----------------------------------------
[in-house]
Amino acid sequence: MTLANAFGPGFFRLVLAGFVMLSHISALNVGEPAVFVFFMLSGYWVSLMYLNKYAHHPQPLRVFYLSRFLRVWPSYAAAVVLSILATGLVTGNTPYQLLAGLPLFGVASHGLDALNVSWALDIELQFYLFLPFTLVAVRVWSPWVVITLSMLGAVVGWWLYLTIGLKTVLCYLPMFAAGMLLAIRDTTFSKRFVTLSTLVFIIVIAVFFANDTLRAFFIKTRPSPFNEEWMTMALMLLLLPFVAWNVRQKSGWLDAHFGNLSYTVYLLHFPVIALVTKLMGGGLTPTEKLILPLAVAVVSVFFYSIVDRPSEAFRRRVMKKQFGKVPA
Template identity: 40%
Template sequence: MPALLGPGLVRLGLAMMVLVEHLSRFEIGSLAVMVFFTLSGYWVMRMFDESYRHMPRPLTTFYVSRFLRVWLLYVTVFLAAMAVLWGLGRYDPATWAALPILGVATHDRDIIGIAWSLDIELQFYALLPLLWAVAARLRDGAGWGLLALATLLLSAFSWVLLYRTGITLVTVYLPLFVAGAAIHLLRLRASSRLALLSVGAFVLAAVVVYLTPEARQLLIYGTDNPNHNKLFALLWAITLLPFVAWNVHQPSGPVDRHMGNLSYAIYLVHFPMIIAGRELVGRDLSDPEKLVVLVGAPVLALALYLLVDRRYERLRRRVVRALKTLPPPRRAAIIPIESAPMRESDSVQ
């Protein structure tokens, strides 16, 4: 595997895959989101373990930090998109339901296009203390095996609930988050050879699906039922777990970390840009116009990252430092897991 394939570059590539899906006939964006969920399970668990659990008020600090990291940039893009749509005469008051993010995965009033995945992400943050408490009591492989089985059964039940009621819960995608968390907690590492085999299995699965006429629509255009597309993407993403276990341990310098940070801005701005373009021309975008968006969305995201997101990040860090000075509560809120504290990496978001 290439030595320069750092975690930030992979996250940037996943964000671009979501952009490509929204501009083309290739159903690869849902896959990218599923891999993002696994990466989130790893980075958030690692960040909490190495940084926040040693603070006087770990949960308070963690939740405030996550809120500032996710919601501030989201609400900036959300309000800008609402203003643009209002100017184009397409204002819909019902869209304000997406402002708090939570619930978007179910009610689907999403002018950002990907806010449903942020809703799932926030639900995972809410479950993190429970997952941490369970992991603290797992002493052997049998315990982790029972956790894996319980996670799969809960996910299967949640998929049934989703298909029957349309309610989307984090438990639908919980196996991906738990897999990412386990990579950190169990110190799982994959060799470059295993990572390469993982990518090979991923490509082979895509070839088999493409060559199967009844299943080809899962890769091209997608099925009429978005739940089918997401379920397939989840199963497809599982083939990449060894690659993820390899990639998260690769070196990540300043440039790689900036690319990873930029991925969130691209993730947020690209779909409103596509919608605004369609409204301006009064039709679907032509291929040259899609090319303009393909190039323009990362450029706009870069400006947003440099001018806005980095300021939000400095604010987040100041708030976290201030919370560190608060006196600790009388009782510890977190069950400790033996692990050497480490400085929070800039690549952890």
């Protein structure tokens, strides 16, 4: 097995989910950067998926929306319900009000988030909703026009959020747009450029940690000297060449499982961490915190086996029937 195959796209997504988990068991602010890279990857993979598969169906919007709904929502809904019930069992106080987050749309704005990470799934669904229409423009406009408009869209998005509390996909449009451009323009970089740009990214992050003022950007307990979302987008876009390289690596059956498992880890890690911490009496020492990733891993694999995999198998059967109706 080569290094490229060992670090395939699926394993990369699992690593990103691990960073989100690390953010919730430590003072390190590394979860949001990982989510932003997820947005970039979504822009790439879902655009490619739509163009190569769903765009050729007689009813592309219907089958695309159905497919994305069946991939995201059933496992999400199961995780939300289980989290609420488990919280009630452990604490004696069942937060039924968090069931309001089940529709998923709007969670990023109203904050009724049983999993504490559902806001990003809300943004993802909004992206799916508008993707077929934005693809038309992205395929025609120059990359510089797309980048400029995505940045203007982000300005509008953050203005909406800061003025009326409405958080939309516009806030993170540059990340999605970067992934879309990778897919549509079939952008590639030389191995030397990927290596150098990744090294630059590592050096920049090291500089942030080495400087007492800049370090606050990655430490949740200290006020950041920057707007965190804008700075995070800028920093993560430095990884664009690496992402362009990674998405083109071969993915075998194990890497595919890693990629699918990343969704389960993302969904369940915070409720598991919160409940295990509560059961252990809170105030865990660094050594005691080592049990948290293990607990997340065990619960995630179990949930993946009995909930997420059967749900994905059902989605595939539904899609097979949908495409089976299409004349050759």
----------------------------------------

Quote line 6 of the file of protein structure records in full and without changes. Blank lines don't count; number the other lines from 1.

């Protein structure tokens, strides 16, 4: 097995989910950067998926929306319900009000988030909703026009959020747009450029940690000297060449499982961490915190086996029937 195959796209997504988990068991602010890279990857993979598969169906919007709904929502809904019930069992106080987050749309704005990470799934669904229409423009406009408009869209998005509390996909449009451009323009970089740009990214992050003022950007307990979302987008876009390289690596059956498992880890890690911490009496020492990733891993694999995999198998059967109706 080569290094490229060992670090395939699926394993990369699992690593990103691990960073989100690390953010919730430590003072390190590394979860949001990982989510932003997820947005970039979504822009790439879902655009490619739509163009190569769903765009050729007689009813592309219907089958695309159905497919994305069946991939995201059933496992999400199961995780939300289980989290609420488990919280009630452990604490004696069942937060039924968090069931309001089940529709998923709007969670990023109203904050009724049983999993504490559902806001990003809300943004993802909004992206799916508008993707077929934005693809038309992205395929025609120059990359510089797309980048400029995505940045203007982000300005509008953050203005909406800061003025009326409405958080939309516009806030993170540059990340999605970067992934879309990778897919549509079939952008590639030389191995030397990927290596150098990744090294630059590592050096920049090291500089942030080495400087007492800049370090606050990655430490949740200290006020950041920057707007965190804008700075995070800028920093993560430095990884664009690496992402362009990674998405083109071969993915075998194990890497595919890693990629699918990343969704389960993302969904369940915070409720598991919160409940295990509560059961252990809170105030865990660094050594005691080592049990948290293990607990997340065990619960995630179990949930993946009995909930997420059967749900994905059902989605595939539904899609097979949908495409089976299409004349050759």